2. @John Morton. Thanks for your comment! I really appreciate your participation.

    I’m not sure how this happened but it seems you disagree with something, I haven’t written (or meant at least), and you agree with something I didn’t write (or mean)!!

    I agree 100% that idea of music as something emerging from our subconscious some kind of transcendence. Actually, I would add that this idea is a reminiscence of music as something embedded in religion.

    The idea of a link with Nature, that you mention, is in my opinion not much different from an idea of the subconscious or transcendence.

    What I’m trying to say is that composition is something that is embedded in human practice, and that we are doing it all the time, that is a fundamental part of our building of collectives.

    In that way composition is related to basic human interaction, it is embedded in the collective, and it can make use of sounds, and this is of course a link with our physical environment, – but what’s important is not the way the sounds sound in themselves, so to speak, but the way that we form them, that we humanize them.

    The problem with the way musical composition is being depicted in mainstream accounts is that they completely ignore the link to everyday human expression while ‘spamming’ the reader with a (pseudo)technical language, that seemingly explains what music is.

    Hope I made myself clearer!

  3. I always approach discussions in the spirit of throwing something in the common pool. It sparks off an idea in someone else and so it goes on.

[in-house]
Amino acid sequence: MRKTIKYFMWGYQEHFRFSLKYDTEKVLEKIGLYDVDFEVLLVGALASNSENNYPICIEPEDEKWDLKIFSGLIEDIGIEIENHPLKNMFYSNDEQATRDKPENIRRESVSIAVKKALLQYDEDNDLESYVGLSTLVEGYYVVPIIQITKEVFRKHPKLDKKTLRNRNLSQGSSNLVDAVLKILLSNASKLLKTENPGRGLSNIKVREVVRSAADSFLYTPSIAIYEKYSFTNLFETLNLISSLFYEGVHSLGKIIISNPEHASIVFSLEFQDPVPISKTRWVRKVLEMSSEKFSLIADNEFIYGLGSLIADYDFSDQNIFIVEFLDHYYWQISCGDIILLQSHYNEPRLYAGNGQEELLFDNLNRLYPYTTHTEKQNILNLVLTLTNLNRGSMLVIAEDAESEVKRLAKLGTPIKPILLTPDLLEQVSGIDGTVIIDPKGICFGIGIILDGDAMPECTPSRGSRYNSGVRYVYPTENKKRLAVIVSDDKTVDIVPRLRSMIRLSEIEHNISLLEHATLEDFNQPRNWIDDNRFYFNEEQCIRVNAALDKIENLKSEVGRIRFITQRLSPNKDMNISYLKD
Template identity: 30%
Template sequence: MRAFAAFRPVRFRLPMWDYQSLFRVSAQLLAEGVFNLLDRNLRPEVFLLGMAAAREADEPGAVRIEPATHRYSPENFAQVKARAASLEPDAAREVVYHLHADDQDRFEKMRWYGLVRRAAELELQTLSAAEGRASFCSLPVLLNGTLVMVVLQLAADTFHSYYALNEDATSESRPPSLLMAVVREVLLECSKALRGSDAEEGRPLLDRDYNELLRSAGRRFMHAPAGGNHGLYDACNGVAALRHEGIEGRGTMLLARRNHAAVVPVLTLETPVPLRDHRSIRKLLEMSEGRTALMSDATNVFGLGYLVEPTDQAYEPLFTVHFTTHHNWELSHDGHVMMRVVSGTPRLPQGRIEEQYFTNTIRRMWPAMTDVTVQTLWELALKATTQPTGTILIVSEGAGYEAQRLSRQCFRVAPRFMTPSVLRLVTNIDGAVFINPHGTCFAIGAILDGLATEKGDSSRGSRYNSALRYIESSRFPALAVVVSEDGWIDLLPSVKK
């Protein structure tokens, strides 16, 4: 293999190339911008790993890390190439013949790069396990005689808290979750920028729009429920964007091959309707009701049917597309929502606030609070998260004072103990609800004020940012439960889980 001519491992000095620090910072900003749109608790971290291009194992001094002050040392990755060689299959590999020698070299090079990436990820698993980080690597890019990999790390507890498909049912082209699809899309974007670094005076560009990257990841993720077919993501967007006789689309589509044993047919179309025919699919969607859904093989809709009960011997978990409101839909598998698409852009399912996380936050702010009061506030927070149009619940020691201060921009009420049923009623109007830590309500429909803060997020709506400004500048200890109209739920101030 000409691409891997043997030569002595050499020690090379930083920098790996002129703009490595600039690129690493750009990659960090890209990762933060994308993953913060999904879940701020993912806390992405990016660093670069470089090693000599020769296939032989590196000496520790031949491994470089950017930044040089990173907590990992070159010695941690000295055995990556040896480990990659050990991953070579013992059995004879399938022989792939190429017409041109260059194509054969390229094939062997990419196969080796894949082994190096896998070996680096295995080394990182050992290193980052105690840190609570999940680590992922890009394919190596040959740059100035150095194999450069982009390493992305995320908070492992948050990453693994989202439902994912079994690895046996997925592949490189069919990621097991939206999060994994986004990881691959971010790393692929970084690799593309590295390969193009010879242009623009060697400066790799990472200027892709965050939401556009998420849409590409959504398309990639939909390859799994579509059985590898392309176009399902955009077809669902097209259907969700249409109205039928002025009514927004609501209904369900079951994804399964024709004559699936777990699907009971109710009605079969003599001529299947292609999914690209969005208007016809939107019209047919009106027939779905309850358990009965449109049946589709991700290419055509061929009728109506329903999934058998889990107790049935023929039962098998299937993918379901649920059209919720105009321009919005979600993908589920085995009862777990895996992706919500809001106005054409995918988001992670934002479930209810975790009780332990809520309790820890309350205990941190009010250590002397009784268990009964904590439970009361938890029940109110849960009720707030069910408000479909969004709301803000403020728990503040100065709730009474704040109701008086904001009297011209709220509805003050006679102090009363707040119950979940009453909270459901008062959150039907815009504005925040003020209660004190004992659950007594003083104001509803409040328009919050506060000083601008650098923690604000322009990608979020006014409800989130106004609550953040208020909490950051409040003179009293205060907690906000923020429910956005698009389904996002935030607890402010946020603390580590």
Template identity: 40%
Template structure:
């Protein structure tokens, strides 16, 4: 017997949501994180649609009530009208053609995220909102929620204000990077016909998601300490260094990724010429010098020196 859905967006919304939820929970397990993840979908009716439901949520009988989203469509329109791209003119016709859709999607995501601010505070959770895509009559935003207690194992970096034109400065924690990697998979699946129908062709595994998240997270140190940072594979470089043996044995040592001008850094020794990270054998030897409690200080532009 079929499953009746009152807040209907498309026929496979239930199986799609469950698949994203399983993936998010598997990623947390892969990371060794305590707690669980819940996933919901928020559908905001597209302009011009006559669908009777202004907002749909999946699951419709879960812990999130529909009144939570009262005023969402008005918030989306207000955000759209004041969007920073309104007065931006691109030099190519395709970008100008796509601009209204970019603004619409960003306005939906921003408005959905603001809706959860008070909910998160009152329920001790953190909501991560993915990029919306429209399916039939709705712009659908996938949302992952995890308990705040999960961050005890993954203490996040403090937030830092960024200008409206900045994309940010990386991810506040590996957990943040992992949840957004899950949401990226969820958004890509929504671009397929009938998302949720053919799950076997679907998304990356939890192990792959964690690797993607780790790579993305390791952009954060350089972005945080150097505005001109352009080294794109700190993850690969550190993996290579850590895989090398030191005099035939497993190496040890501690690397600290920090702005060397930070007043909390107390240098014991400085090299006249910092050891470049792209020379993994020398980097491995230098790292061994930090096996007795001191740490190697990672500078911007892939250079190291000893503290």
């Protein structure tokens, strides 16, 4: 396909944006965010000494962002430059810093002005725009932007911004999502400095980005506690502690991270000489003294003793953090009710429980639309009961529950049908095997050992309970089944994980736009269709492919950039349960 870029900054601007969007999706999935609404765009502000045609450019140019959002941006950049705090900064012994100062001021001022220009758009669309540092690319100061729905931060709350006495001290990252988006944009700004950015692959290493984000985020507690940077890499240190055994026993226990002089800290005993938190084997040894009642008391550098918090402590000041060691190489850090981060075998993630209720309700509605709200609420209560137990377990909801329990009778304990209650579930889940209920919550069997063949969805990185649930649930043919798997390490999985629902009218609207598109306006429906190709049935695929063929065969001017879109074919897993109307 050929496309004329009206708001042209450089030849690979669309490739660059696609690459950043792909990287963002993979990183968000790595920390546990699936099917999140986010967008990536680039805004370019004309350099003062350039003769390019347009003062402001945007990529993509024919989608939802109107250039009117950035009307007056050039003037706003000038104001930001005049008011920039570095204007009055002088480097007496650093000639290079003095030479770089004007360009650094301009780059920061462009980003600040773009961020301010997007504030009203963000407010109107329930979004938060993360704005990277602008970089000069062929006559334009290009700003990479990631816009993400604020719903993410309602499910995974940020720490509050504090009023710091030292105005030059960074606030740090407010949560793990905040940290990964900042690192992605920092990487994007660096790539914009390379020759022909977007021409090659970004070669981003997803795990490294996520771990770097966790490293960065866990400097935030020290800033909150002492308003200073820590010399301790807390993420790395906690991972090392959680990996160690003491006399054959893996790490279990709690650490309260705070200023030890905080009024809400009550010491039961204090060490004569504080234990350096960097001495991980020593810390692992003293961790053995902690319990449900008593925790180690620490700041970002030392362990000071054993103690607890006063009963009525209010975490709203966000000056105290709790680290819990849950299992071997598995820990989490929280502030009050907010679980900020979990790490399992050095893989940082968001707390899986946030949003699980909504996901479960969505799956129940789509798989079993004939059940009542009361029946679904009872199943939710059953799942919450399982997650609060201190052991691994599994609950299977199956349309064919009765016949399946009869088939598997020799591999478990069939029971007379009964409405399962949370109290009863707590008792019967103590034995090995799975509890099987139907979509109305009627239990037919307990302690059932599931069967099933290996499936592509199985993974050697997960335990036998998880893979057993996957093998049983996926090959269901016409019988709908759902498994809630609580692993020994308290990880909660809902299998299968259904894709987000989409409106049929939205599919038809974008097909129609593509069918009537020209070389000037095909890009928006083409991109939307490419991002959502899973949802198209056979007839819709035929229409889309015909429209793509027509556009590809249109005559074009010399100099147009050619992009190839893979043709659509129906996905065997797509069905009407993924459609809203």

Religion does play an important part in the debate, hence the idea of creativity as being in some way God-given. My favourite idea is that Big G might be looking over me but the professional approach to ideas is the one I think we both agree on.

    I particularly agree with your inference that intellectual snobbery plays a damaging role. As I say in the book, people in a position of influence often surround themselves with a barrier of esoteric terms desiged to protect their privileged status and to keep rivals at bay. (It’s not unknown for lecturers to resent talented youngsters.) The ‘Plain English’ brigade have a lot of scope in music.

    In my opinion, there is a close link between musical forces and the workings of everyday physics in our daily lives; a melodic line resembling the motion of a sine wave, for example, creates a feeling of calm and inactivity and a melody possesses definable kinetic properties, also exibiting inertial forces at work. This phenomenon does not occur to the same extent, if at all, in other art forms.

    Thanks for your response.

    1. I like your comment about esoteric terms, and i am convinced that there is an inherent logic of self preservation to any system, including a system called musicology, or an organisation for a specific musical genre, and that their invention of an ideosyncratic lingo is part of the defence strategy keeping out intruders..

  4. Some idea of the difficulties we all face lies in the opening para in my last response where I refer to ‘sparking off ideas’. I then go on to question where ideas come from! Oh well, I’m just a musician.